One of the slut shamed queens my new book focuses on is Catherine the Great of Russia, whose mythical sex life has gone to extremes. For instance, have you heard the titillating historical trivia about Catherine the Great? You know, the one about how she had a special sling to hold up her horse while she copulated with it, only to be crushed to death by the animal when the sling broke? You probably have. The fact that this myth has been debunked six ways to Sunday has done little to stop its promulgation; it even popped up on the primetime sitcom The Big Bang Theory a couple of years ago.
It drives me crazy.
It’s not just that she didn’t have sex with a horse – it’s the fact she is associated with bestiality means she isn’t remembered for the myriad things that earned her the moniker “Great”.
As just one example, Catherine the Great was profoundly concerned with child health and life expectancy among her subjects. She wrote, “If you go to a village and ask a peasant how many children he has he will say ten, twelve, and sometimes even twenty. If you ask how many of them are alive, he will say, one, two, three, rarely four. This mortality should be fought against” (Massie, 2011). To combat this problem Catherine exponentially increased the number of schools and hospitals in her country, and introduced institutional orphanages in Moscow and St. Petersburg. She founded Russia’s first College of Medicine in 1763 and attempted to lure European doctors to the country by offering them lavish salaries and benefits.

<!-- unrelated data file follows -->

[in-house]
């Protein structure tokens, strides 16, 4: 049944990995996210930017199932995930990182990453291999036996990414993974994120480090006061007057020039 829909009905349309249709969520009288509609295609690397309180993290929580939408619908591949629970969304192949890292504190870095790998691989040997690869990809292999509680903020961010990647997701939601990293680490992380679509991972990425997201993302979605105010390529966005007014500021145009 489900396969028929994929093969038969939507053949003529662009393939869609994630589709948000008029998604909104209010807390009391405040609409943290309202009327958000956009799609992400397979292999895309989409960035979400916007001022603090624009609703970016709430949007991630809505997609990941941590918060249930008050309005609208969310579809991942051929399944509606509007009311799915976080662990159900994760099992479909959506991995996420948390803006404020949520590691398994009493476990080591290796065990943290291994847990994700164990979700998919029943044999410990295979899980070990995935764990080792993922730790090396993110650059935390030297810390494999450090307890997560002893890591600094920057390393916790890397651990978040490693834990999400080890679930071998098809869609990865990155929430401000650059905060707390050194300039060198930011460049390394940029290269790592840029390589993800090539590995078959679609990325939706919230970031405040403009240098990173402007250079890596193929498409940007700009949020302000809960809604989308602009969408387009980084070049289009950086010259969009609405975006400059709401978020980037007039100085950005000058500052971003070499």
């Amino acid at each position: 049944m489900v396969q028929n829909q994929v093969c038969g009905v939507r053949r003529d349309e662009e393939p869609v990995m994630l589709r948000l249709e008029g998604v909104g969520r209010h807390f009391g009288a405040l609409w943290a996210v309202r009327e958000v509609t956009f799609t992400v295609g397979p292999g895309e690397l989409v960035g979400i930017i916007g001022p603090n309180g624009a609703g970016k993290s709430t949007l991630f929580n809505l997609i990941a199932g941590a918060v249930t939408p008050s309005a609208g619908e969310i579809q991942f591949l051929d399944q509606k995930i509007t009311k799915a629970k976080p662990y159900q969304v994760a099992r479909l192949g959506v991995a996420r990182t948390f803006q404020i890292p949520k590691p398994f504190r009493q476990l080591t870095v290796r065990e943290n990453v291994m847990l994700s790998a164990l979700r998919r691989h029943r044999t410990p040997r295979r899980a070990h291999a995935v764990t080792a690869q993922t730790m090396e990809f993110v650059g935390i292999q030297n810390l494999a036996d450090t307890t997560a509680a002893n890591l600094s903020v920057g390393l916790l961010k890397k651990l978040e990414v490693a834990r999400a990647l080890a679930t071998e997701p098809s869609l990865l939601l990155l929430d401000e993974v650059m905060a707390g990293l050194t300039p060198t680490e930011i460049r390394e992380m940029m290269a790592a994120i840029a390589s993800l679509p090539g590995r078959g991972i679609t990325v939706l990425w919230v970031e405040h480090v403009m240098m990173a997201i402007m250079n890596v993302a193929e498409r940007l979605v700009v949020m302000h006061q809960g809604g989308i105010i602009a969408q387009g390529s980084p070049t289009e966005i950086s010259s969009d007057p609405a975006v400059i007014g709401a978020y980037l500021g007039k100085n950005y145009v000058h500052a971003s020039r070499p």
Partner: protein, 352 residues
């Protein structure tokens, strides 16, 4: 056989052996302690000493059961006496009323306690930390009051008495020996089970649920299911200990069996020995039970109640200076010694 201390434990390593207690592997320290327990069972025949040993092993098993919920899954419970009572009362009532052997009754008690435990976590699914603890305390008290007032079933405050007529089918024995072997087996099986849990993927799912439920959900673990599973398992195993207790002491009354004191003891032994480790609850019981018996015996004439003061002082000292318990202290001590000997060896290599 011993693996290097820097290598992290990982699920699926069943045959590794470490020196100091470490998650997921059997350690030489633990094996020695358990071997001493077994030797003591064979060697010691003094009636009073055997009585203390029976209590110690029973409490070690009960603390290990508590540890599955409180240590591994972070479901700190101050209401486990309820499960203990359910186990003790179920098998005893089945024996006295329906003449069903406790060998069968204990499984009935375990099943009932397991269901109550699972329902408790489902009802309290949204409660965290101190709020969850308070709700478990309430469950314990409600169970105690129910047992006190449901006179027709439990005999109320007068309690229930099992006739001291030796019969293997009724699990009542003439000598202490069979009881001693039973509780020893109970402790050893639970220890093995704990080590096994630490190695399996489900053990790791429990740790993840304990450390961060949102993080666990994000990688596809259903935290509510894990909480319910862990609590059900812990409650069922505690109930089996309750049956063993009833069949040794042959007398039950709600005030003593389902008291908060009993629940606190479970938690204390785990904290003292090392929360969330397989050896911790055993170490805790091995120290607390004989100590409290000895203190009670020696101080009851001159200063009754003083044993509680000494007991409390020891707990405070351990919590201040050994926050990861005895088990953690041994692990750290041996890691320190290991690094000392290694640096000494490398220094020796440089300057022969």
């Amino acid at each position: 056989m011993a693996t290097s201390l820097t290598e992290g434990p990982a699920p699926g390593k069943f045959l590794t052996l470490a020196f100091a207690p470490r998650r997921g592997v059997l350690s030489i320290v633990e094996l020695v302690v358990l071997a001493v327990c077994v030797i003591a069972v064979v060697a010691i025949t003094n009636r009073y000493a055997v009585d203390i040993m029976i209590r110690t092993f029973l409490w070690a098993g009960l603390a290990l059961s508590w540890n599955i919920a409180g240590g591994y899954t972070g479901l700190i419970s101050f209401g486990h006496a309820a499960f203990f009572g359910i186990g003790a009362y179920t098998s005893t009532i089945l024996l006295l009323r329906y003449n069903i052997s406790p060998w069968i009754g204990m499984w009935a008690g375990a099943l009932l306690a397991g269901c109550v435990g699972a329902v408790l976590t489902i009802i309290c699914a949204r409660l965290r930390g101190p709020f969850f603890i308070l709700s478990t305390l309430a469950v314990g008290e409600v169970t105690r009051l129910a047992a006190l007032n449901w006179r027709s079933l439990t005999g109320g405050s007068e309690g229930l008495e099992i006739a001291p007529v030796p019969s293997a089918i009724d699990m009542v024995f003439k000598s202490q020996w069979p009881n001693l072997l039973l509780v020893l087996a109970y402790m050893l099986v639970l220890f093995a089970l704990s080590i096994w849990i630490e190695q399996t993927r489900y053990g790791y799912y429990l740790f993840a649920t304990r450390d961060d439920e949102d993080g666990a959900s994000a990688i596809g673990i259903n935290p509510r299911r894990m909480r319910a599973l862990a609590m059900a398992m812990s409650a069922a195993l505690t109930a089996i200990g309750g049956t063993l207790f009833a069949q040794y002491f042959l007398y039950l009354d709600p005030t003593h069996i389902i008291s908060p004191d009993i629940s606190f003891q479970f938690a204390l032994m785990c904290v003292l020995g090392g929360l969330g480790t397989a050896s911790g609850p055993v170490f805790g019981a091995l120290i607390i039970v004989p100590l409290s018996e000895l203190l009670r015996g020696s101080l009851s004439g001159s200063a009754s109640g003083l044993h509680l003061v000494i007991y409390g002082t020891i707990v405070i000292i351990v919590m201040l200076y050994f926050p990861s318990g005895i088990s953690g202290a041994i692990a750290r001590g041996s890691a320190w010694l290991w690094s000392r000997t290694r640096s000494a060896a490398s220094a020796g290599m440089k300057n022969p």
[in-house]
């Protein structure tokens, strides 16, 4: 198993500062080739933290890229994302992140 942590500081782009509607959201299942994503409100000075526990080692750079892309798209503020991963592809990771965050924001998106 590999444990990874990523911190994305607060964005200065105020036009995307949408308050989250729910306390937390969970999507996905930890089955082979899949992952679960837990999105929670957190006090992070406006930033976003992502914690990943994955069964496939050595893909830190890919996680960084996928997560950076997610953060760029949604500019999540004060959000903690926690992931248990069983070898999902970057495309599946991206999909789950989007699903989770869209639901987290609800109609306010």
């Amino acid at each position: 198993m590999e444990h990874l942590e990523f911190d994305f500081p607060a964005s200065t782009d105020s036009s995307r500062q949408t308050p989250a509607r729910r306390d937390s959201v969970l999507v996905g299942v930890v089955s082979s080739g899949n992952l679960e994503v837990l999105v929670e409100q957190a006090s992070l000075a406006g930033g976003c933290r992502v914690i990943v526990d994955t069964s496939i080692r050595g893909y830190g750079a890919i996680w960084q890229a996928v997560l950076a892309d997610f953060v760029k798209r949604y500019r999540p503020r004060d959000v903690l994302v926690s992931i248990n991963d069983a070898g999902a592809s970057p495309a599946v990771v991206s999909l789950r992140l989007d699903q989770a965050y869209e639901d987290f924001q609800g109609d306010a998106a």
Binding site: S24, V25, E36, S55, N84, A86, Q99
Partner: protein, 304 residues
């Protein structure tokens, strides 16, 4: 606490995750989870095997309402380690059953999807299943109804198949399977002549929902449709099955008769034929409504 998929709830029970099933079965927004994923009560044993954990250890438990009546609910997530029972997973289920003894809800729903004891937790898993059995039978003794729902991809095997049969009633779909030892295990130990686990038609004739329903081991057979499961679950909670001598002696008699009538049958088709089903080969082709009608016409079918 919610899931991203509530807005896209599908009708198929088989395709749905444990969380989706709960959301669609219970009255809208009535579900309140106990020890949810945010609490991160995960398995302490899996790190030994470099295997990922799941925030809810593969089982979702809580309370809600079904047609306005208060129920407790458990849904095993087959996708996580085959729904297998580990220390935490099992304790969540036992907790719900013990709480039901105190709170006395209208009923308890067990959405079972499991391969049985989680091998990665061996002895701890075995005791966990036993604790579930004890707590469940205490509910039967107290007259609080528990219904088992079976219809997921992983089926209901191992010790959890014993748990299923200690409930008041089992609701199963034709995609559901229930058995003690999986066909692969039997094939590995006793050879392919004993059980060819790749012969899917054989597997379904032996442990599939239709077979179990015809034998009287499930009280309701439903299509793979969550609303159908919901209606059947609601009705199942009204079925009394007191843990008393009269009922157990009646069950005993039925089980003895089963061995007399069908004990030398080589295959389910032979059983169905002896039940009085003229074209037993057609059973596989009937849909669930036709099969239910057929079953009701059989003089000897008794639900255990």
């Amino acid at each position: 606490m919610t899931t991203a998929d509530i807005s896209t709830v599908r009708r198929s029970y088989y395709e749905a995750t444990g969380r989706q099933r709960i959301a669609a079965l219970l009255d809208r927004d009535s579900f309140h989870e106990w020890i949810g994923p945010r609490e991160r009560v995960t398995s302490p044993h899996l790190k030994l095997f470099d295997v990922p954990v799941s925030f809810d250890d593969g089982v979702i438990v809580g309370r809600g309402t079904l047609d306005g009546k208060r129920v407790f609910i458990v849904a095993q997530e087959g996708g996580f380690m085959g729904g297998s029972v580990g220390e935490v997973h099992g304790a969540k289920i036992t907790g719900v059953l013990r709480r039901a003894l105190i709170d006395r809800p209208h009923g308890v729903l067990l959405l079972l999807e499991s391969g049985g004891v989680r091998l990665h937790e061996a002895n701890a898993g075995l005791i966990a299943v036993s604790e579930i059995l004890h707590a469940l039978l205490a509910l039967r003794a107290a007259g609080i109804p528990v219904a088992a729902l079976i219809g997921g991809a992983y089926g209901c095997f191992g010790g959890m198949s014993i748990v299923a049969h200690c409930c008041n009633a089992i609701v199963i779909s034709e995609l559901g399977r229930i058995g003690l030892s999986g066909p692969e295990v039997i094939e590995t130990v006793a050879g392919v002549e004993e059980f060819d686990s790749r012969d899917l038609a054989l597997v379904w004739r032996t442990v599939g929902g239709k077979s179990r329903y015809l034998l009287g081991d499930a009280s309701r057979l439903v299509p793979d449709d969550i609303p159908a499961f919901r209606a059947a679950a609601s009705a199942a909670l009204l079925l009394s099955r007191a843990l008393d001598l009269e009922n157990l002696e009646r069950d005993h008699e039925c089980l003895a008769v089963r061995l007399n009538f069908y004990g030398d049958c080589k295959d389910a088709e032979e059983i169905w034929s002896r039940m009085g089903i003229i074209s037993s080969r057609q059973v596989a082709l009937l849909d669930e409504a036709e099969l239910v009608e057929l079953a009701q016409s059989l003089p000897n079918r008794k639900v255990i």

Furthermore, Catherine embraced the new technology of vaccination. The empress made Russia one of the first countries in the world to inoculate its populace. To prove its safety she allowed Dr. Thomas Dimsdale to inoculate her with the smallpox vaccine in 1764. The whole of Russia waited to see what would happen, and after “two weeks of fearful waiting … Catherine did not succumb to the dreadful disease … special prayers of thanksgiving were offered in Russian churches” (Gorbatov, 2006). Catherine’s courageous efforts to popularize inoculations against smallpox saved countless lives.
Is it too much to ask that her name be associated with the eradication of smallpox, rather than fictitious sex with a horse?